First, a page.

A new, highly sensitive breath test promises to provide doctors with a new diagnostic tool to help spot several diseases and to identify if a patient is rejecting an organ transplant.
If this test is adopted it could make determining diseases easier and provide an alternative to more costly or complicated diagnostic tests.
The test was developed by Dr. Michael Phillips who anticipates it will soon be able to help detect a variety of diseases including lung cancer, breast cancer, kidney disease, and diabetes.
The test may also be able to identify the signals of transplant rejection thereby reducing the number of biopsies these patients must undergo.
Phillips is currently seeking to license a company to produce and market his Heartsbreath test to doctors and hospitals.
He explained that analyzing breath, especially for diabetic patients, is an ancient practice and that his machinery, which can identify 200 compounds, is about billion times stronger at sensing a substance than the police Breathalyzer that measures alcohol level.
According to Phillips, the technology works because every illness generates an abundance of free radicals which oxidize cell membranes and release distinct compounds. Thus, every one has its own identifiable "fingerprint."
The software Phillips has designed will be able to isolate this fingerprint using a gas chromatograph and mass spectrometer, two common pieces of analytical laboratory equipment.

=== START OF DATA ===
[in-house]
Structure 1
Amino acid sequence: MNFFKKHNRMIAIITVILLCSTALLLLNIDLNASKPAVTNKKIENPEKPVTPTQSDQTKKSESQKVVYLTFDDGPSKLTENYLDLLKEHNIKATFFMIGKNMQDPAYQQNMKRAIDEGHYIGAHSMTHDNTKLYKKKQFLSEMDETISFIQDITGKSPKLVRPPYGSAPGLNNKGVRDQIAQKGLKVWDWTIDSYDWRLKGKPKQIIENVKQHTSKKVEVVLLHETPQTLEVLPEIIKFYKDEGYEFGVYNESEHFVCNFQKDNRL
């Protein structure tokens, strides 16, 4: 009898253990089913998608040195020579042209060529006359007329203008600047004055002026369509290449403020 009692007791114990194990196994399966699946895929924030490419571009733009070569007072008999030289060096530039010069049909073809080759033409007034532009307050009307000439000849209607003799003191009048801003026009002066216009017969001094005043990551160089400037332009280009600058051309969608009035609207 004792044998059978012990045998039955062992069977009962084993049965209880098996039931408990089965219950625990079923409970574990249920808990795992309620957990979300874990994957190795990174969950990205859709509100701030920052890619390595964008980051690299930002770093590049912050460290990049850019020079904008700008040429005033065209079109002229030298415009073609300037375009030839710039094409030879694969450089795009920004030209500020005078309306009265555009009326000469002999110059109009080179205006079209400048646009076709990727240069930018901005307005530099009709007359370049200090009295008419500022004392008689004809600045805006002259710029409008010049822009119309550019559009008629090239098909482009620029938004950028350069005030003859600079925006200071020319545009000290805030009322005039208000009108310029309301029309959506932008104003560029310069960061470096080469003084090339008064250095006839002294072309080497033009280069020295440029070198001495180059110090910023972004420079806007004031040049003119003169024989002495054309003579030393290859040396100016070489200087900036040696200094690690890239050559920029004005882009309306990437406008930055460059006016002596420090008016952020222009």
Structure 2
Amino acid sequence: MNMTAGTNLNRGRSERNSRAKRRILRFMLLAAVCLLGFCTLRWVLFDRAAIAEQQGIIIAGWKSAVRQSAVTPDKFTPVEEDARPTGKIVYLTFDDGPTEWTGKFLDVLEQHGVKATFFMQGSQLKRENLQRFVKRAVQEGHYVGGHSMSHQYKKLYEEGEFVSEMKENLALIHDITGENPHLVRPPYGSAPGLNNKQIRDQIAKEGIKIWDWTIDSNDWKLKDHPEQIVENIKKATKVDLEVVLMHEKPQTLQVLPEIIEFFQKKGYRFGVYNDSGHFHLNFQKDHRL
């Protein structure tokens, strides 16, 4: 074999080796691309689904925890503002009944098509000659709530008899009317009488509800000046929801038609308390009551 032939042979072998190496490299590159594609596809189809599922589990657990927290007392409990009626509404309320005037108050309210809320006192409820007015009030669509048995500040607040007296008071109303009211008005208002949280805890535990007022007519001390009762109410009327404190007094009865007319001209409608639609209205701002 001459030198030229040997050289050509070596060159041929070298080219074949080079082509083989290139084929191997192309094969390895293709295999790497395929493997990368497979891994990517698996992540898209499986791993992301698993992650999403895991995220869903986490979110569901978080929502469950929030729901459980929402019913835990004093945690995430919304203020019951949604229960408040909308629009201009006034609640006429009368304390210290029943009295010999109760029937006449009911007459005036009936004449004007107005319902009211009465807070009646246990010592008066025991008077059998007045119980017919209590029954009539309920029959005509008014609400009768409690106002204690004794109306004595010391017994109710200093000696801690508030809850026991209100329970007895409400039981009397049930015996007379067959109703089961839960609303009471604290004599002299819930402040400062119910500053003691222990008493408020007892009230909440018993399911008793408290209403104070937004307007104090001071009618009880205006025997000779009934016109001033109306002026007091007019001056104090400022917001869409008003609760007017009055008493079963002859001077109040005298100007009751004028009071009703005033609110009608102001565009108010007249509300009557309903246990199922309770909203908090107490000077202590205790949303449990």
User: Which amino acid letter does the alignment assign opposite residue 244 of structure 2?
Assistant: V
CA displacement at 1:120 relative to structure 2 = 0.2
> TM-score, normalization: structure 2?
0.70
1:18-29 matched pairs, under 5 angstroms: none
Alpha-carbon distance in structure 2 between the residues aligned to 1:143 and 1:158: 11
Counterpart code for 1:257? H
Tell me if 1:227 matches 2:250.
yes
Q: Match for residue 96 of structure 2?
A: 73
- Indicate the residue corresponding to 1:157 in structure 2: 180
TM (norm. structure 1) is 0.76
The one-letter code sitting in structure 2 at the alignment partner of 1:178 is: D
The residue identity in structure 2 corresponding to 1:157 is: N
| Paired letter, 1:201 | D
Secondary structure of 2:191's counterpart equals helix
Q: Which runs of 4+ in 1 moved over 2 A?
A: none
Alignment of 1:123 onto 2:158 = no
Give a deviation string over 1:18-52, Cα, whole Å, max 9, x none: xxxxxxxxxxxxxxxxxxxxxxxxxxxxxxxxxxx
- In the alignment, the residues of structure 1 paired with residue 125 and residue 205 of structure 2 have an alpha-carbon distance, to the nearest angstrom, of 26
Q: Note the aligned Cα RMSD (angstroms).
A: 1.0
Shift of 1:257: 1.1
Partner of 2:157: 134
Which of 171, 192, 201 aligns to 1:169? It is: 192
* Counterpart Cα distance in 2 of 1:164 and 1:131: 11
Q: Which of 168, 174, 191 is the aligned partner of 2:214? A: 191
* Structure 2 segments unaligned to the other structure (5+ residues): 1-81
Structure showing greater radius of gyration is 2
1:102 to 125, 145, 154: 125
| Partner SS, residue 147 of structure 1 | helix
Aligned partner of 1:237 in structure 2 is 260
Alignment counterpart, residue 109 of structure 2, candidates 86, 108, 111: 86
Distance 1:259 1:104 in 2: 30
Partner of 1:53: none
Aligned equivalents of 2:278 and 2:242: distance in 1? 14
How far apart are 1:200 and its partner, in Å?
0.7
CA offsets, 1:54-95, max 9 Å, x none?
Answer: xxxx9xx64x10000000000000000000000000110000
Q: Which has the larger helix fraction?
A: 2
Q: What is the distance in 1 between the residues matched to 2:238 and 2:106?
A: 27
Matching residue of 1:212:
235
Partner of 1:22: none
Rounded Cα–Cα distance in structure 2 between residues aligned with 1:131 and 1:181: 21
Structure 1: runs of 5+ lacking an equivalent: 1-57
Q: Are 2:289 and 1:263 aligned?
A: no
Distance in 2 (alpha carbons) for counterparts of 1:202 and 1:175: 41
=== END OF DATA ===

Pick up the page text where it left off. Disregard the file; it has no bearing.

During the test the patient puts on a nose clip and breathes into a tube for two minutes. The sample is captured in a 4-inch steel tube the width of a pencil, which is stuffed with absorbent material. The contents, along with those of another tube that has collected air from around the patient, are compared by the chromatograph and spectrometer.
The Heartsbreath test was approved by the Food and Drug Administration in 2004 after federally sponsored clinical trials. It is a less invasive procedure for the 2,000 patients a year who have heart transplants. These patients often require as many as 20 biopsies, sometimes costing as much as $2,500, in the first year after surgery.
Along with traditional blood tests and other diagnostic tools, Heartsbreath could become a reliable means of identifying signs of organ rejection in these individuals.